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It’s almost like one combined Eureka Moment by many- too many-musicians who have suddenly realised that all those years of performing for free for “exposure” and giving music away- also for free- for “promotion” hasn’t led anywhere except being led down the proverbial garden path by charlatans- you know who you are- into a vortex of nothing with no light at the end of a very long tunnel allowed to plod along the same track for almost fifteen years.

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Writing recently to one of a handful of people I respect who has an interest in the global entertainment business for all the right reasons about the $3000 in royalties paid to Pharrell Williams by Pandora for 45 million streams of “Happy” on its site, he had this to say: “Music streaming is a disaster for artists! I have been working on lots of ideas around this subject. The dilemma is that the only solution is for artists to go it alone, though easier said than done. The record companies gain the most from low streaming payments. They get paid huge advances by the streaming sites which are always in excess of the earnings, so they are not affected by the low rates.”

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CEO of Ministry Sound Lohan Presencer, below, went into greater detail on how we have, basically, taken something of value- the music many have created and produced at costs to themselves, or asking/begging fans for financing to make that new record- and then giving it away for free. Kickstarter is more like a kick up the bum for the loyalty of music fans. There’s nothing in it for them. Literally.

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An alternative Christmas message to the music industry from Lohan Presencer – THE GUARDIAN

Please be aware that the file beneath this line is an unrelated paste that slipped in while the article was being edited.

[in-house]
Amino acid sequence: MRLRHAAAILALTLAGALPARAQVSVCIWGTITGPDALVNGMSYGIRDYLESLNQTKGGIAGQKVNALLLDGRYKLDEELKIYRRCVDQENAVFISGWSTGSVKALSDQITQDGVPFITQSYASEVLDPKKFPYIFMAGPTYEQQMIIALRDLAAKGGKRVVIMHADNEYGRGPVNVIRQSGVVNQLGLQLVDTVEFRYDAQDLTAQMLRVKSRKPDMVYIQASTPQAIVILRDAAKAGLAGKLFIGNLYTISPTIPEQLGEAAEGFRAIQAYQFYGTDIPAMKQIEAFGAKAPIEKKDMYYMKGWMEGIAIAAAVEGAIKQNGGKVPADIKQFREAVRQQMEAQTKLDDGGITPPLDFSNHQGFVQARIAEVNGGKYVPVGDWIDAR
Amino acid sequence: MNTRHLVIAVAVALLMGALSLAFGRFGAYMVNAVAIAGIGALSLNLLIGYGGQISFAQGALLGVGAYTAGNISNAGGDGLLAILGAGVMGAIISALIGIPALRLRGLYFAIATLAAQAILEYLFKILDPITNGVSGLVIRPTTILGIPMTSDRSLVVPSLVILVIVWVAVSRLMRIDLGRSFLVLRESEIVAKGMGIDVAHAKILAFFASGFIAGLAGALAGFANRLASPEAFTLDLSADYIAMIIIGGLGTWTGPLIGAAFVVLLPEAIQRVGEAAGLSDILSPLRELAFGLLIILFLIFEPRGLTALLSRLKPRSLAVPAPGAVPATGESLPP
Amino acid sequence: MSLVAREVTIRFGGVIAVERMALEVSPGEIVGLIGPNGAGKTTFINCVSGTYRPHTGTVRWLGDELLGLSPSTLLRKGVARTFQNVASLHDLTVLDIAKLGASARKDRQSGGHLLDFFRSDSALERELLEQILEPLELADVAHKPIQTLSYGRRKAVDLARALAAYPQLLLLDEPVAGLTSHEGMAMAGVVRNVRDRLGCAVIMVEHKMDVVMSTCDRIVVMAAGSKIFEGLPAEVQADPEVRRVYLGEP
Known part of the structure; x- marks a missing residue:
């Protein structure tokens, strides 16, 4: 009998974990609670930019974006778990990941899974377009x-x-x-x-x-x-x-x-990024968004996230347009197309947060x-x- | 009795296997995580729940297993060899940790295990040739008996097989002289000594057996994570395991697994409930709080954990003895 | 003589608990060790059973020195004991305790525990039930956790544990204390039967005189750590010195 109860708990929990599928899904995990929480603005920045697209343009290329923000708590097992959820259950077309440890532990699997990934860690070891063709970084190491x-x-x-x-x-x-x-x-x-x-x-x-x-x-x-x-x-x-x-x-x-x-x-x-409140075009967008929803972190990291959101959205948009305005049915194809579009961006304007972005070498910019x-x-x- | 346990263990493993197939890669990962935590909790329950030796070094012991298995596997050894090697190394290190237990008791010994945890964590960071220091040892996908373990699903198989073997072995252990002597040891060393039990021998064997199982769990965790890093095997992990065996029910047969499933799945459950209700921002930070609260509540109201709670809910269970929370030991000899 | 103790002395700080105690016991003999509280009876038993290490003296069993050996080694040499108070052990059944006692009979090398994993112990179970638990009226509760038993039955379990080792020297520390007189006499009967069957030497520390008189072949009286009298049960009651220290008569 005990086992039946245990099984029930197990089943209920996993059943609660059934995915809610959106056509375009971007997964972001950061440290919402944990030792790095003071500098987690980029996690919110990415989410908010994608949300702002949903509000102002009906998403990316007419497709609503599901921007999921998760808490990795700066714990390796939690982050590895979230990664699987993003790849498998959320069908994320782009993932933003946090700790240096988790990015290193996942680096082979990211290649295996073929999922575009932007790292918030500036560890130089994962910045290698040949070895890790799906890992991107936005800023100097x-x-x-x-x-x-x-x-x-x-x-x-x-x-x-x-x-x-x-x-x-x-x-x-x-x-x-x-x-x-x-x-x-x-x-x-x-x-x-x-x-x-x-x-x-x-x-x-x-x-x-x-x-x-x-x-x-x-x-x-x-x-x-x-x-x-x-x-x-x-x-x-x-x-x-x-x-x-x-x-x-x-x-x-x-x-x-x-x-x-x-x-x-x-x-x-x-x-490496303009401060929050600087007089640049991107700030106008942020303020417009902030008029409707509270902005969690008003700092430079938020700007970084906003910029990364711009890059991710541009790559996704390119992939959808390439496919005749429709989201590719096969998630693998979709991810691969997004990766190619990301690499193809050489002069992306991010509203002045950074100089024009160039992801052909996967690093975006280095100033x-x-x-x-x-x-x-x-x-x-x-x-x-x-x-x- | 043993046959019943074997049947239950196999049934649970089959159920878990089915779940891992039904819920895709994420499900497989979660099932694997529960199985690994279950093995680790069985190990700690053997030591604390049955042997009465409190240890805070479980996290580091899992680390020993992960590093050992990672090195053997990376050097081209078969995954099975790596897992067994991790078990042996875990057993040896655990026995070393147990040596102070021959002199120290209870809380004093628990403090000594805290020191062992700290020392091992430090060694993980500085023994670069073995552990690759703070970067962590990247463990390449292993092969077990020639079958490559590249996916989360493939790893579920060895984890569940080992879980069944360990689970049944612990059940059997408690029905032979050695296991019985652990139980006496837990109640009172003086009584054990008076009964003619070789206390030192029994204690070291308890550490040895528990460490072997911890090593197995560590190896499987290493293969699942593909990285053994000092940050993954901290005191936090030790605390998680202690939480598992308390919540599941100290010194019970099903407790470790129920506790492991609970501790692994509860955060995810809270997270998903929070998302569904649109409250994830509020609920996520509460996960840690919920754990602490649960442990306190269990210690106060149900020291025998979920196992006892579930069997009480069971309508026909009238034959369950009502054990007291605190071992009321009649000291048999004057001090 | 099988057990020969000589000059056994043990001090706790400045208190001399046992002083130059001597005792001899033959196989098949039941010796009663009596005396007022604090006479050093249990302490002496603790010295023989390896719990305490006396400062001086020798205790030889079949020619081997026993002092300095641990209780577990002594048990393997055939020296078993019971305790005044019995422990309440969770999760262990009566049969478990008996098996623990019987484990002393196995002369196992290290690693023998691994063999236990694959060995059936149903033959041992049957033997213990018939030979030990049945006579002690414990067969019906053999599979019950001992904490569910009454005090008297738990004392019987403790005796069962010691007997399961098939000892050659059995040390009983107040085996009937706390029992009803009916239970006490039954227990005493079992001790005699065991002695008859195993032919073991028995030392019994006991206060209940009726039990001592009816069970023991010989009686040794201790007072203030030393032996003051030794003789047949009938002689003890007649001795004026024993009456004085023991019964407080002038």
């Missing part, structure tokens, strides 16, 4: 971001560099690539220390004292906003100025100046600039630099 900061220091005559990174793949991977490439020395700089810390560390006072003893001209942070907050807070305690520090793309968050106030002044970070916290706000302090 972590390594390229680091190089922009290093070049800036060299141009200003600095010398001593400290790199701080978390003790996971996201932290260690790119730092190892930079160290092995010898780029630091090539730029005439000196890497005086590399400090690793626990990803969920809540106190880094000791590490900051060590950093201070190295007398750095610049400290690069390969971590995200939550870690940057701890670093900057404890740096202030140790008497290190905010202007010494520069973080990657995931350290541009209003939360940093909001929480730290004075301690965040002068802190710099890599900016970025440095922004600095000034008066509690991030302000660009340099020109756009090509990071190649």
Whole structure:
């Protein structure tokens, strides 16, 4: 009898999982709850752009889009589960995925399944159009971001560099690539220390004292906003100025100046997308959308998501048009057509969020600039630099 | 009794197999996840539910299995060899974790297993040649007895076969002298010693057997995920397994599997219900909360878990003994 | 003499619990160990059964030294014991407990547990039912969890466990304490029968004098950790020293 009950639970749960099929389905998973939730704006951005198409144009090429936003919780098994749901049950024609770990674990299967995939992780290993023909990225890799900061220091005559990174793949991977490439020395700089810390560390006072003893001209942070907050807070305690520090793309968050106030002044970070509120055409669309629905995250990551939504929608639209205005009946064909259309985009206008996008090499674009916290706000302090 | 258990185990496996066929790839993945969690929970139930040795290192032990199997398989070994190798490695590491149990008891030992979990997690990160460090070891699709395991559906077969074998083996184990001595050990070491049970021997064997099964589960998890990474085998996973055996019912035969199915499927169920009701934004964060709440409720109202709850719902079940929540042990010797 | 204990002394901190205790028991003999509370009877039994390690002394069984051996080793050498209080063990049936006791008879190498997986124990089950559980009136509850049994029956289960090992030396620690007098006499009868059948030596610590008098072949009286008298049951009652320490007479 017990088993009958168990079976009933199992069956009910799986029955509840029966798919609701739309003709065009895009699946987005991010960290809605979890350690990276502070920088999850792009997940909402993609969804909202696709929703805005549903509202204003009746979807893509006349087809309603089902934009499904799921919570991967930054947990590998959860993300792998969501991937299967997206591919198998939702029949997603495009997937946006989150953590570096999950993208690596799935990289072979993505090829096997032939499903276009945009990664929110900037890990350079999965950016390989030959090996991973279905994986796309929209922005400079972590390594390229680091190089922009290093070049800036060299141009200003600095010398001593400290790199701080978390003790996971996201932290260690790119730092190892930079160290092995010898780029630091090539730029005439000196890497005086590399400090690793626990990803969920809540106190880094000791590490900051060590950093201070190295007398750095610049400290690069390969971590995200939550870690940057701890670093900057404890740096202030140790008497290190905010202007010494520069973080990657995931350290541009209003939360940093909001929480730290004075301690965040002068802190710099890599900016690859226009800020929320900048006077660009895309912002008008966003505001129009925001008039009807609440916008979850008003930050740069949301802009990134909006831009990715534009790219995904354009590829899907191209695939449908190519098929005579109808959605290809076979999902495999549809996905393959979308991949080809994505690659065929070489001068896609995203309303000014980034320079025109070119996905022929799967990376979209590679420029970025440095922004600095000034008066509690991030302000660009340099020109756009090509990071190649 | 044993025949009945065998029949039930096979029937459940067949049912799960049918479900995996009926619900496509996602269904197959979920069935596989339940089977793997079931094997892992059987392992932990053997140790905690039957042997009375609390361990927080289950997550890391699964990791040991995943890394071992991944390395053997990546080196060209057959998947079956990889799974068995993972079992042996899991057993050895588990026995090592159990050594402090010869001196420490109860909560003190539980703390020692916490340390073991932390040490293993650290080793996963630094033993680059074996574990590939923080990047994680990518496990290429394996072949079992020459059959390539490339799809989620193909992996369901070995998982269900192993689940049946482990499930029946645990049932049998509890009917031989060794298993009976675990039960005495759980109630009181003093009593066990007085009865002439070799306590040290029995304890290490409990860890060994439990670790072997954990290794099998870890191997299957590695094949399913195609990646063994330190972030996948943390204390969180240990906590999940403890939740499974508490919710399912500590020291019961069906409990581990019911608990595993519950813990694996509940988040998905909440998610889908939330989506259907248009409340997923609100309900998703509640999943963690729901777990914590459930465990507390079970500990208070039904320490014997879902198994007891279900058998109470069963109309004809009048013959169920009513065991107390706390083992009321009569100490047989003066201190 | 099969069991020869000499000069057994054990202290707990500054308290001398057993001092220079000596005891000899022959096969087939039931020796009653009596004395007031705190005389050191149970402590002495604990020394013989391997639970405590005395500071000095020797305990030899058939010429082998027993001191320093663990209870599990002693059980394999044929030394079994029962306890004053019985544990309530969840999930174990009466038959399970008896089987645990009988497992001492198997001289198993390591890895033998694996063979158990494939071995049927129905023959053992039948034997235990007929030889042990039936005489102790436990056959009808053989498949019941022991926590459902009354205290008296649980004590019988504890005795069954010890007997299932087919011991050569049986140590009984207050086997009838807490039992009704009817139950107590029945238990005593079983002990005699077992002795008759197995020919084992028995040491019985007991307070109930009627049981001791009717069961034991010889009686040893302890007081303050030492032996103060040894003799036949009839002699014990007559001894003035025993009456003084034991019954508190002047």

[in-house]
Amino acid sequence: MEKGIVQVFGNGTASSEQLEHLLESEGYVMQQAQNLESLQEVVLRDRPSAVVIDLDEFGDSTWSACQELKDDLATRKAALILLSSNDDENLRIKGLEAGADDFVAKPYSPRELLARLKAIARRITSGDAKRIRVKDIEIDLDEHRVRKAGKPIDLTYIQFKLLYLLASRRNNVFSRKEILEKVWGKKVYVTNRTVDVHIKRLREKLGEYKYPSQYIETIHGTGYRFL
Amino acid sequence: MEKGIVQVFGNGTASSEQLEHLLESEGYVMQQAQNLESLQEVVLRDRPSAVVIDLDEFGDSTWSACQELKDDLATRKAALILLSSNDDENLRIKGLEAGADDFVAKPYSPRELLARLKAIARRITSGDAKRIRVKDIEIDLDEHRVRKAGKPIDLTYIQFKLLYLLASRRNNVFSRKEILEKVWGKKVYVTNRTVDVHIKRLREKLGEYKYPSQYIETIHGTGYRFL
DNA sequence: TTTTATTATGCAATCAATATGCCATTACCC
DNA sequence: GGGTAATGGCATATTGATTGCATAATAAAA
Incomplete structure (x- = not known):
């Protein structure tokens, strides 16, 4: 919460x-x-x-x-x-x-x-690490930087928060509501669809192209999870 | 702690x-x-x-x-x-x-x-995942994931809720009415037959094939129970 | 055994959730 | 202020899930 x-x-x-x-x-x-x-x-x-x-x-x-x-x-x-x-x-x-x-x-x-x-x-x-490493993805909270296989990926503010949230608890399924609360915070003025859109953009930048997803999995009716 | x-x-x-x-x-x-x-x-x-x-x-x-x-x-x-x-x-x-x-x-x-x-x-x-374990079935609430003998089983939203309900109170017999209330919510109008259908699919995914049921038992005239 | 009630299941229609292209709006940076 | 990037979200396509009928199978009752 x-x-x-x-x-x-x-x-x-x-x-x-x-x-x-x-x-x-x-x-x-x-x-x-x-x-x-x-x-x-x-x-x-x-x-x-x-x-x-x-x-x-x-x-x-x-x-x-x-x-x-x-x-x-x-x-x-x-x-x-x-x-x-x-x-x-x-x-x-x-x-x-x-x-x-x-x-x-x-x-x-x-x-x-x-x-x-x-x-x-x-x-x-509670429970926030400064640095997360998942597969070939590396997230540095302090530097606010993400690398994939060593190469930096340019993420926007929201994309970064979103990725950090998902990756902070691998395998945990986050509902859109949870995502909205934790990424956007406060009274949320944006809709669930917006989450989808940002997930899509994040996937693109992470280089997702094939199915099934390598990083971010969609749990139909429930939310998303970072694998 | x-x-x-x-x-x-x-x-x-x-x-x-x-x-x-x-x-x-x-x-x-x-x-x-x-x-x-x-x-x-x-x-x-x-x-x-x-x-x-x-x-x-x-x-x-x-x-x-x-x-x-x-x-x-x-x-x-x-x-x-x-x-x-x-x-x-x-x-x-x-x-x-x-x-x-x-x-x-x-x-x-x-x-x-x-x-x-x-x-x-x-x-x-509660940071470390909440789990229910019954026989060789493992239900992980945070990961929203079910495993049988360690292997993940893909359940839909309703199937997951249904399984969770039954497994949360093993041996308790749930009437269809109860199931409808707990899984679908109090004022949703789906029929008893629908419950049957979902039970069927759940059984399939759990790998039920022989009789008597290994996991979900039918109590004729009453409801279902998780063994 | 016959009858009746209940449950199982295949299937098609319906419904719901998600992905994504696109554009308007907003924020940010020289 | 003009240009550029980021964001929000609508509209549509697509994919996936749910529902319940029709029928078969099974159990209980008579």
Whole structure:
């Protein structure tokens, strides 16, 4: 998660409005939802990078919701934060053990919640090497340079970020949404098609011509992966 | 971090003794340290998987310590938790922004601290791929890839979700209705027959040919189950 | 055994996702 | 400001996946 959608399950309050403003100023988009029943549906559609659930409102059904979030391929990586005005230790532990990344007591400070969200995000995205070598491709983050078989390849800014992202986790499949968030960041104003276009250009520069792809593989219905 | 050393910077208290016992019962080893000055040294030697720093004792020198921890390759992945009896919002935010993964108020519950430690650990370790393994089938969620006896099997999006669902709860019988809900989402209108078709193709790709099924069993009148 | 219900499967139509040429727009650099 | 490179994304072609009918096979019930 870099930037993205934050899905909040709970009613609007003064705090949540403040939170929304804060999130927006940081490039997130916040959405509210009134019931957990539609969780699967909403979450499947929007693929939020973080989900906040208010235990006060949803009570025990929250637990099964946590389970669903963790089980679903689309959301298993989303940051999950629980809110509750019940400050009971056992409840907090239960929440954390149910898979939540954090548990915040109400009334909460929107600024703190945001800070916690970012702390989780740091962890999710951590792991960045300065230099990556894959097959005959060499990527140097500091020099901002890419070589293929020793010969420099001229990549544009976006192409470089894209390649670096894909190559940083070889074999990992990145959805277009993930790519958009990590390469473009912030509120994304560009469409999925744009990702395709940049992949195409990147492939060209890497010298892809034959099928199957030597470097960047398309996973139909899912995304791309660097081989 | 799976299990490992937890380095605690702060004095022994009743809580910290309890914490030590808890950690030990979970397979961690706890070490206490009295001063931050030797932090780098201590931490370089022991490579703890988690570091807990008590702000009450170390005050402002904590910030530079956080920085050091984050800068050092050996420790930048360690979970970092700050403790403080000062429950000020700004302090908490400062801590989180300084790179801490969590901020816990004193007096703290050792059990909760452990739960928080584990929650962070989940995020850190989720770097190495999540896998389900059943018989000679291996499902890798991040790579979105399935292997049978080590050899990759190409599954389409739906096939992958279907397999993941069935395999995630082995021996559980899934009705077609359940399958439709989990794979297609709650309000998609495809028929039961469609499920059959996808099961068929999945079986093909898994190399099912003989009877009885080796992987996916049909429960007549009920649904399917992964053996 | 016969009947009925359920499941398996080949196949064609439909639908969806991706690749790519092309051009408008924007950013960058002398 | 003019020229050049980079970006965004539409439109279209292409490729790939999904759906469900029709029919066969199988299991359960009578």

As for Lohan Presencer, he’s settled his case against streaming site Spotify out of court, but it’s obvious that he’s still not happy with the way things are. But the question is, now that the genie is out, how does one pop it back into the bottle and “re-teach” an entire generation that everything is not a free buffet- and that music comes with a price tag?

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Of course, one can make music for the pure joy of it- the joy of performing, of turning words into a song that chronicles a time in your life, or being inspired by “her” who walked into your heart when you least expected it. Or walked out to let the right one in.

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That’s the magic of music. And no one can also take away the hope of making it- thinking someone who has the power to make your music a hit, hears it and goes to bat for you. But, in this day and age, angel investors and fairy godmothers are thin on the ground. The charlatans have taken over.

Simon Cowell

We can dream. But, at some point, the dreaming and wishful thinking and dependence on others to make things work for you must stop.

As my friend wrote, artists gotta do things for themselves- and face some hard truths.

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For example, what does a hit mean today, anyway? What does topping the charts mean when, like Facebook likes and YouTube views and Twitter followers, this can also be bought? Ego gratification? A false sense of fame and recognition? And then what? A false sense of hope?

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Everything that was simple and could be taken at face value has become two-faced and a dog’s breakfast with far too many with extremely little knowledge offering advice- and with no one really having any answers.

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Gawd knows I was blinded by bullshit by many about everything from music publishing, copyright, and recording contracts to being strung along by one-time relevant names in music. It hurts when those you once looked up to also turn out be shysters, but it does make one stronger and realistic and very wary of strangers from afar bearing gifts that are empty promises. But, you live, you learn and finally realise that only you can do what’s best for you.

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This is where the DIY world needs to be expanded into the business side of being creative.

Streaming is something I have never bought into. Think about it: A song and accompanying video is streamed for a month. It’s had millions of streams, which are views. So, why would a music fan bother to pay and download the track? They’ve outgrown it.